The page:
*This is private property. Please respect the home owners and view the home from the side walk.*
This house is located on what would have been lot 153, which was once owned by Winnifred Wesley. Winnifred was the granddaughter of George Wesley and came from a family of Black women who owned various plots of land throughout Niagara-on-the-Lake.
George Wesley was a freedom seeker from Kentucky. He married Harriet Cannon and they had four children – George Jr., Mary Francis, Elizabeth, and Henrietta (Susan). Elizabeth Winnifred, Mary Francis’ daughter, lived with the family after she was born in 1889. They lived across from the Baptist church, which today is 519 Mississauga Street.
Black women, like the Wesley women, engaged in work and economic activities outside of the home to help support their families. Sisters Mary Francis, Elizabeth, and Henrietta, and daughter and niece Winnifred Wesley, worked as general servants and laundresses. Elizabeth Wesley, was listed as a domestic servant in a white family’s home in the 1871 census when she was 14-years old. Aside from working in the family home and on family farms, these were the only kinds of employment available to Black women. Winnifred Wesley did housework and home nursing until she died in 1961.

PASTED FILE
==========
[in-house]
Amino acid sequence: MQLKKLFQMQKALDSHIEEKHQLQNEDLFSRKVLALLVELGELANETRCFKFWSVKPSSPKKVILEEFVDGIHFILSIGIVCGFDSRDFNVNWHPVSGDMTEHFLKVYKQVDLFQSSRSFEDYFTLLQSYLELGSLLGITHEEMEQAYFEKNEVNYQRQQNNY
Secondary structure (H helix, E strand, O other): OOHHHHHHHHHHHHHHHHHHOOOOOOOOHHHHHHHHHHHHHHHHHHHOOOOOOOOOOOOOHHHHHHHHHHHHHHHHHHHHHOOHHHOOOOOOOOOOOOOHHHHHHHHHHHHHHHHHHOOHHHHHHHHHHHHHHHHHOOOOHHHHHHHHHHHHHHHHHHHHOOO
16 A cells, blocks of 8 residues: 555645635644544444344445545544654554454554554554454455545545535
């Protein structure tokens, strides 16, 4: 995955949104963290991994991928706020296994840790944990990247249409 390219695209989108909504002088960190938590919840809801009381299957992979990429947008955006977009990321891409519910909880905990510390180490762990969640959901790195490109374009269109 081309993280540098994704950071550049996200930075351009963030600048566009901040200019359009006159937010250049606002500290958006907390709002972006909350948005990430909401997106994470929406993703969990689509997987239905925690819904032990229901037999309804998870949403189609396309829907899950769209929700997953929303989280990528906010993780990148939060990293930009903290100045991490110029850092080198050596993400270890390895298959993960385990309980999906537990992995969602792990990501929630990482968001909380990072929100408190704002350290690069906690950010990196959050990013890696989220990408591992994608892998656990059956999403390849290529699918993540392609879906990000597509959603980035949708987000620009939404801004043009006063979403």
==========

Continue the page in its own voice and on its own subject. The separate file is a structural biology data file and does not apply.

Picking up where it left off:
Harriet became widowed when George passed away in 1893. In 1901 Harriet and her daughters Mary Francis and Henrietta sold a half an acre of the family property that they jointly owned (lot 335). Then in February 1931, Mary Francis transferred property that she owned and received from her late husband John Lawson to her daughter Winnifred (part of lot 361) located at Simcoe and Anne streets. In October 1931 Winnifred inherited a house and lot on Victoria Street from John Thomas Samson (part of lot 153), a Canadian-born man of Scottish descent. It is not clear what their relationship was for Samson to bequeath her his property. In 1935, Winnifred sold the land she received from her mother to property to Bordeaux Wines.
The ownership of property aided these Black women and alleviated economic hardship due to their gender and race. The Wesley women were the heads of the household due to the death of a spouse or because they never married. Land ownership provided them with some financial security.